Guarani are an indigenous original people of South America, sited between Brazil, Bolivia, Paraguay and Argentina. In Brazil, our main area of interest, the Guarani population is spread across 8 states and forms one of the biggest indigenous populations of the country with over 80,000 people.
"The Guarani inhabit the last remaining forest galleries of the Atlantic Forest in Brazil. Their indigenous territories are on the frontline of defence against the rapacious expansion of industrial agricultural monocultures. Brazil’s Atlantic Forest has lost 92% of its forest cover, but through partnerships with other Guarani, the Ashaninka, and local organisations, the Guarani of Brazil are regenerating forests, replanting lost species, and defending biodiverse land from industrial expansion. In 2018 they won the Newton Prize for this work." - read more at Flourishing Diversity.
Image: Reproduction Comissão Guarani Ypyrupá Instagram
They are divided in three main groups: the Mbya, the Kaiowa and the Ñandeva.
Ever since our early days at Be The Earth, inspired by the Flourishing Diversity Summit - a series of listening sessions with indigenous peoples all over the world - under guidance of our dearest partners at Synchronicity Earth, we have been following the work of Comissão Guarani Yvyrupá (which we have lovingly named CGY) - - an indigenous led organisation that articulates their political rights to land and way of live, under the Mbya branch of the Guarani people.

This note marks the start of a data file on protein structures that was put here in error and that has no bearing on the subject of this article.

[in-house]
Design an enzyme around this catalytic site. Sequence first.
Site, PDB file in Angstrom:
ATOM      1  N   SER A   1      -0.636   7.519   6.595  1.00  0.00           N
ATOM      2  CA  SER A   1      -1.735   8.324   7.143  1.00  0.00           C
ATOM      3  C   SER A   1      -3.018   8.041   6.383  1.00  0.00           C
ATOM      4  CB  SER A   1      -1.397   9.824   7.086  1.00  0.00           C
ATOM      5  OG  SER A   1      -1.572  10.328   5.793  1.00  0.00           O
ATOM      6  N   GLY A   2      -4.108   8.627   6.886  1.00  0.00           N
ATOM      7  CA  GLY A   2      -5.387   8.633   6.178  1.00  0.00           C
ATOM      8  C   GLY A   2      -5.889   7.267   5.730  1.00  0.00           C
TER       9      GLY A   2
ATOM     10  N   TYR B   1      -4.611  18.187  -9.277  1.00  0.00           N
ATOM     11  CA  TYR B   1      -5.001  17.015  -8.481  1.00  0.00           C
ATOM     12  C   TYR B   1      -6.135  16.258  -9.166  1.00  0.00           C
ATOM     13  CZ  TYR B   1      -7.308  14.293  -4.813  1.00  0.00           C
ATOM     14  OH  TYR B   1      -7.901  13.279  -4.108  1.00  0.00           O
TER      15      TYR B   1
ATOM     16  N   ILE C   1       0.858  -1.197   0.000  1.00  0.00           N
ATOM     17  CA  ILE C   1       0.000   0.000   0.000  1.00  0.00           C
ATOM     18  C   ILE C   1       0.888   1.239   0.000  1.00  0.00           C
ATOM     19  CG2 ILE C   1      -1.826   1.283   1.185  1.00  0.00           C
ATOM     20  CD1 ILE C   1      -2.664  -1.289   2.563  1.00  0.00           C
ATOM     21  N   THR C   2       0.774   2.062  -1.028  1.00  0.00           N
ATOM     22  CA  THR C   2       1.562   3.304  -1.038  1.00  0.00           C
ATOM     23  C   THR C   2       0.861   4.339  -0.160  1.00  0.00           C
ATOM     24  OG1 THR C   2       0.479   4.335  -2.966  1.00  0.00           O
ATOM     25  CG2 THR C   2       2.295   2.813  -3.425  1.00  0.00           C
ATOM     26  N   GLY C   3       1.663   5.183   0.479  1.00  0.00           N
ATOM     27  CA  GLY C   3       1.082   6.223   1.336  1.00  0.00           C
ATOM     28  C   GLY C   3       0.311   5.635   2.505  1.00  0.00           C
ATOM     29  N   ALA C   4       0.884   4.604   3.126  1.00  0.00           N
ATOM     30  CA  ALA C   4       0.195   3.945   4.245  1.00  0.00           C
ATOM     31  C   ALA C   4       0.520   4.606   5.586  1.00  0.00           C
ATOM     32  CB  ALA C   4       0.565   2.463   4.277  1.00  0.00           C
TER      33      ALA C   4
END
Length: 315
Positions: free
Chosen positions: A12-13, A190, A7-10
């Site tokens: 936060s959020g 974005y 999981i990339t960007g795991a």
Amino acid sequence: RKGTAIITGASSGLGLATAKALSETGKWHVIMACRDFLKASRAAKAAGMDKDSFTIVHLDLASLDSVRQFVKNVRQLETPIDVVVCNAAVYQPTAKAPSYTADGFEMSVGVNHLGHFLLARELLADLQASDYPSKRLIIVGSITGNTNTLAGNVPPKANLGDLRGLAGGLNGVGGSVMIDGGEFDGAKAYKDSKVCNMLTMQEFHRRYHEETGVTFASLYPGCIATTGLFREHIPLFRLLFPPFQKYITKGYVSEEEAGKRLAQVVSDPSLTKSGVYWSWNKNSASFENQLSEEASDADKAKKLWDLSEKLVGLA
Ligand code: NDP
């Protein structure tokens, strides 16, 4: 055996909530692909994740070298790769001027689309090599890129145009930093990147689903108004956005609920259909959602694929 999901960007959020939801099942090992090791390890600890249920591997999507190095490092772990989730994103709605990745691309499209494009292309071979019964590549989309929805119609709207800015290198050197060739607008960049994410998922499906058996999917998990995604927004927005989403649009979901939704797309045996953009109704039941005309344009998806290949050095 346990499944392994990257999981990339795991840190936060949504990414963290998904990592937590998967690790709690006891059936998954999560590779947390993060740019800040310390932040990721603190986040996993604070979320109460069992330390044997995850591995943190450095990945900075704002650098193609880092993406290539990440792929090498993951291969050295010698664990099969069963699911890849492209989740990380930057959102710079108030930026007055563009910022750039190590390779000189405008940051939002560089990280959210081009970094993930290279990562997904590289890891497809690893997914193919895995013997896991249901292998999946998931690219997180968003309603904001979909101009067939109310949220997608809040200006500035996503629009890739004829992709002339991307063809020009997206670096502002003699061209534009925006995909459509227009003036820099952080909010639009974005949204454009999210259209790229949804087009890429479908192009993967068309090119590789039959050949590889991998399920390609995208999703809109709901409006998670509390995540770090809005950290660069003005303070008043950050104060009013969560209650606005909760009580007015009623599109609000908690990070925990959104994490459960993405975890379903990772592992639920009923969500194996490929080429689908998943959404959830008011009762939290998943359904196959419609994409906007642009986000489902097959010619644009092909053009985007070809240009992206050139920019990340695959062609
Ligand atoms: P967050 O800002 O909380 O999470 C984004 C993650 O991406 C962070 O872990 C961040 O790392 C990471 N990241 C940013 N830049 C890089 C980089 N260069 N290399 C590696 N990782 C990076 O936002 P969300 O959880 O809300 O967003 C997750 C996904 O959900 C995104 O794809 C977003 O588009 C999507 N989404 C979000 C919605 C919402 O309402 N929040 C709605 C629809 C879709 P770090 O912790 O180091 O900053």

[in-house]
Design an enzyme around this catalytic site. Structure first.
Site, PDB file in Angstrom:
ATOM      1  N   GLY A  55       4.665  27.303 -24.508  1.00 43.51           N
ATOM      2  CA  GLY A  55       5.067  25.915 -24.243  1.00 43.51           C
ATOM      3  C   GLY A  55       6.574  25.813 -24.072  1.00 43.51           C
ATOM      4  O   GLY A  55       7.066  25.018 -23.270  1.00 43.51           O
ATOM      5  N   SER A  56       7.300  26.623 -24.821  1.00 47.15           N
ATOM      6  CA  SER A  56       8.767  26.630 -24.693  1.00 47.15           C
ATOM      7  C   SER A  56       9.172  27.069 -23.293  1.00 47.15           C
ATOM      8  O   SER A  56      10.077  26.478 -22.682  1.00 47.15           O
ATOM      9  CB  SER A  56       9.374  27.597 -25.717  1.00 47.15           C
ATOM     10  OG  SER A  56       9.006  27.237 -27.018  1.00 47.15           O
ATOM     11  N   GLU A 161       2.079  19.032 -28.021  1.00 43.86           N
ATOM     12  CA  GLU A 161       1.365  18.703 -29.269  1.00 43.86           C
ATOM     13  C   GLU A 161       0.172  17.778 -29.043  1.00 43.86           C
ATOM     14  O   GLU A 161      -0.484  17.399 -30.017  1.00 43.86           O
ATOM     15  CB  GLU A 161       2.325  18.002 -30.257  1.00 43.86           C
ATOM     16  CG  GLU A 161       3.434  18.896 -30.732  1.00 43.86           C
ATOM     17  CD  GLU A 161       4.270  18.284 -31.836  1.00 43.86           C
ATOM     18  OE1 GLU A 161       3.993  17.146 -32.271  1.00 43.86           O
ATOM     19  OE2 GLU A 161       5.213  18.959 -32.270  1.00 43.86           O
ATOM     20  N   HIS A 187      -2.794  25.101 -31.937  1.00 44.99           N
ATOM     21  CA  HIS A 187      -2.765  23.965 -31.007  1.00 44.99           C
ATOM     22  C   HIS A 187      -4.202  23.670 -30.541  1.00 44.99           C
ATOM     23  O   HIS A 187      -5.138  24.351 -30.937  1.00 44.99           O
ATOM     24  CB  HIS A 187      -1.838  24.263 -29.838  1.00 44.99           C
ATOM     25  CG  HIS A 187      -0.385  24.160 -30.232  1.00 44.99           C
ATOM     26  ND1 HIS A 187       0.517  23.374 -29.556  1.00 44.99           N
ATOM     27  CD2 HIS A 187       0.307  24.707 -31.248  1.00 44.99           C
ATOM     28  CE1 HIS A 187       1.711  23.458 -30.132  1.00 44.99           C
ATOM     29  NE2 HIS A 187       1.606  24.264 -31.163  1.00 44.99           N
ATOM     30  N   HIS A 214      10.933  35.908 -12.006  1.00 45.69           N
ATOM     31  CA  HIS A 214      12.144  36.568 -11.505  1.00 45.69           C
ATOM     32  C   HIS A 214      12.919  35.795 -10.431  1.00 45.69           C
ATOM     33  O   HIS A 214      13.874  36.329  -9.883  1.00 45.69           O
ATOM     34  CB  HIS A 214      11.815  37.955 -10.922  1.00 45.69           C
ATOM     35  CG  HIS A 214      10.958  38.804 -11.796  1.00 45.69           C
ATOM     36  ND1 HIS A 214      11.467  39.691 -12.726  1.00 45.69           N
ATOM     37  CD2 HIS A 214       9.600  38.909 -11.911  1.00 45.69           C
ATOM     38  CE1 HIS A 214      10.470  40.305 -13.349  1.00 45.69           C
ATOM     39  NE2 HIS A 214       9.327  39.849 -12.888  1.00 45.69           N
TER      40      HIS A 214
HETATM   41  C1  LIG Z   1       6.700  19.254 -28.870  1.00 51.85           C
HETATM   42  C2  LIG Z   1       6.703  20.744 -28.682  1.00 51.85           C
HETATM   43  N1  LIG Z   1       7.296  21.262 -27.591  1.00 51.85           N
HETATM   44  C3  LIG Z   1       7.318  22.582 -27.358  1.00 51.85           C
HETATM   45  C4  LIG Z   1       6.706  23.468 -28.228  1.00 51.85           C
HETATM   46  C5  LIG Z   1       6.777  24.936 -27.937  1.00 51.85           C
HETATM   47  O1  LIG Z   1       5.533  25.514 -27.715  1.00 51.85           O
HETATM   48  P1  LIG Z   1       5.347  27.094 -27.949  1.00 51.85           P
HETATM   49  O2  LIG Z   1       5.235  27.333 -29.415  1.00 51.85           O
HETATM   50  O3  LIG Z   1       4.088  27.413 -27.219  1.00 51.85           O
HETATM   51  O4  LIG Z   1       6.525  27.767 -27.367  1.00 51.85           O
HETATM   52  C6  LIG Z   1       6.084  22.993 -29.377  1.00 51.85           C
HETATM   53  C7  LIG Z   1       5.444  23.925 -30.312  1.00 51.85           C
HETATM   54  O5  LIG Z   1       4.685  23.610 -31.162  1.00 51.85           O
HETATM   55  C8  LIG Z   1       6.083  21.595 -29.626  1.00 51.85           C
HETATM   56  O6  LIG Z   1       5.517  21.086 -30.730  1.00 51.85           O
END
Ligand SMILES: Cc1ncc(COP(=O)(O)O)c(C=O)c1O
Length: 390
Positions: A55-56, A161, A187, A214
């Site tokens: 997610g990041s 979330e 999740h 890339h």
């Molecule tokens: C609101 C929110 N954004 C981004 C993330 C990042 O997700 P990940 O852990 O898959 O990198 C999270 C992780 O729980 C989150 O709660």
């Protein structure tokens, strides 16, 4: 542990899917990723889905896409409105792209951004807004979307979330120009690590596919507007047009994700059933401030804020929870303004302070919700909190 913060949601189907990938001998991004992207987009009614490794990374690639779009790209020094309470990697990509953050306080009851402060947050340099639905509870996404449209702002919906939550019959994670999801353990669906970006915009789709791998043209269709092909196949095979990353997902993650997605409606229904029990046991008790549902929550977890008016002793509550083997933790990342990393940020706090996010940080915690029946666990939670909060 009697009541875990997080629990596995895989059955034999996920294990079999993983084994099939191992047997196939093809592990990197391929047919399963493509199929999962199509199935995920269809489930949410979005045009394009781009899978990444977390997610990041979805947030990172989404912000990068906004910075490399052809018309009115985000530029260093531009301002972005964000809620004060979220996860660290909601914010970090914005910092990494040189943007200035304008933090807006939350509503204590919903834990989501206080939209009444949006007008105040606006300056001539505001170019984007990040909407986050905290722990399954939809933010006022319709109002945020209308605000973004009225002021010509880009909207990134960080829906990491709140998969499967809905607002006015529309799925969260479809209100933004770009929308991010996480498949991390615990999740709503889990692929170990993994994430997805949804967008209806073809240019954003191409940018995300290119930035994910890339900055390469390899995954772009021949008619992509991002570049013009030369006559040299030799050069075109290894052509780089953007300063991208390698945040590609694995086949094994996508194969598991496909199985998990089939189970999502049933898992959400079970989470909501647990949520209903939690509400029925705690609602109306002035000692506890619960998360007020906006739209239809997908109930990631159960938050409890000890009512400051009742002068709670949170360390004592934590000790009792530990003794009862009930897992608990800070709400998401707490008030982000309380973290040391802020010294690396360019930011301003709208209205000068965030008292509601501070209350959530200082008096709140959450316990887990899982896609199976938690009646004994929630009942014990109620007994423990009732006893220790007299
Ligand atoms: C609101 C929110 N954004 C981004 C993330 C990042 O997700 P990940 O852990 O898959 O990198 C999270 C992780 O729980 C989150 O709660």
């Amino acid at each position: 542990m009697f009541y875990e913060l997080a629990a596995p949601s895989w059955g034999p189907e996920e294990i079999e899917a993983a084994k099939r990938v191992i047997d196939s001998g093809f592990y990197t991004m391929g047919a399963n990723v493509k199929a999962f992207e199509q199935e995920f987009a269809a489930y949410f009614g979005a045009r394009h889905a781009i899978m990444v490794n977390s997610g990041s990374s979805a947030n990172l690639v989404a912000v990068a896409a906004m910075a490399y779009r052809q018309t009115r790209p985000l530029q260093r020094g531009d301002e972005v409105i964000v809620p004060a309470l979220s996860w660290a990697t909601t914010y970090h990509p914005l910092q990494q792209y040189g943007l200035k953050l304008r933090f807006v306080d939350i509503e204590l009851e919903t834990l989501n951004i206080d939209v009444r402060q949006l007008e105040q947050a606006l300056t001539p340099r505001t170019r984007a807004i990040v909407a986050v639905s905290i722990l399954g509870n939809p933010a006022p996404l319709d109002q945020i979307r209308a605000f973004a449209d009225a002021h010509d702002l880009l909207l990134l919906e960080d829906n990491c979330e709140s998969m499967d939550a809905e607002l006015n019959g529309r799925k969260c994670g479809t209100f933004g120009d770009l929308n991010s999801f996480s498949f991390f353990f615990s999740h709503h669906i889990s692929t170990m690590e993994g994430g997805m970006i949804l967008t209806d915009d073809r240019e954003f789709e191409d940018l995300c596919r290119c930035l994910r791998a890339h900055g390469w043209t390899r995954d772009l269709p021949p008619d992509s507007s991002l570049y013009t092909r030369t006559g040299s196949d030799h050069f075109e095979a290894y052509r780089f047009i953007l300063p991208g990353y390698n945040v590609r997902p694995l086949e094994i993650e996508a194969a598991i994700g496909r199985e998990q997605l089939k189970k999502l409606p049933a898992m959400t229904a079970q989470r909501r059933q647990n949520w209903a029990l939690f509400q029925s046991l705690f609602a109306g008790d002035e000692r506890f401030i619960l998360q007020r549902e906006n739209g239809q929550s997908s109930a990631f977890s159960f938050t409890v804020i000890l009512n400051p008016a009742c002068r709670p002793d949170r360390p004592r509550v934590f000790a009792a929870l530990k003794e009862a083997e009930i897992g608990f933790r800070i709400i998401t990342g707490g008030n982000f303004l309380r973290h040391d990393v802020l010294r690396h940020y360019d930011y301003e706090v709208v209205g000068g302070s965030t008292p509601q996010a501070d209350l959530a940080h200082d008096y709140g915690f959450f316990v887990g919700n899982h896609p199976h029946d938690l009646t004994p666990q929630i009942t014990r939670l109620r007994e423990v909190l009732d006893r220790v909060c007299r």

"Our mission is to defend life, defend our land and keep the trees standing. But we need all peoples of the world joining this mission" says Werã Tupã Popyguá, one of the Commission's leader in their call for indigenous rights in August 2021.
"Nhandereko is how we, Guarani Mbya, call what the Jurua (the non indigenous peoples) call culture. But for us, Nhandereko is more than this. It is our whole way of being, our way of living, the way we educate our sons and daughters, how we see the world, how we relate to our spirituality. It is impossible for the Jurua to understand what the Nhandereko is, because it is only by living that one understands what it is.
But we want the Jurua Kuery to learn more about our culture - about the Nhandereko - so that the prejudice they have can diminish. From a young age, at school, on television and in books, the Jurua learn everything wrong about the Indian. They think that the real Indians are only the ones who lived in 1500, who walked around naked and were easily fooled by the Jurua. And that's not true.
These videos are for the Jurua to learn a little more about our world."
Here is a little story of the Guarani's traditional relationship to land and seeds, which we honour and respect. Little by little, always meaningfully showing up to our own role in this beautiful story called life, Be The Earth's team is growing its understanding of Nhandereko.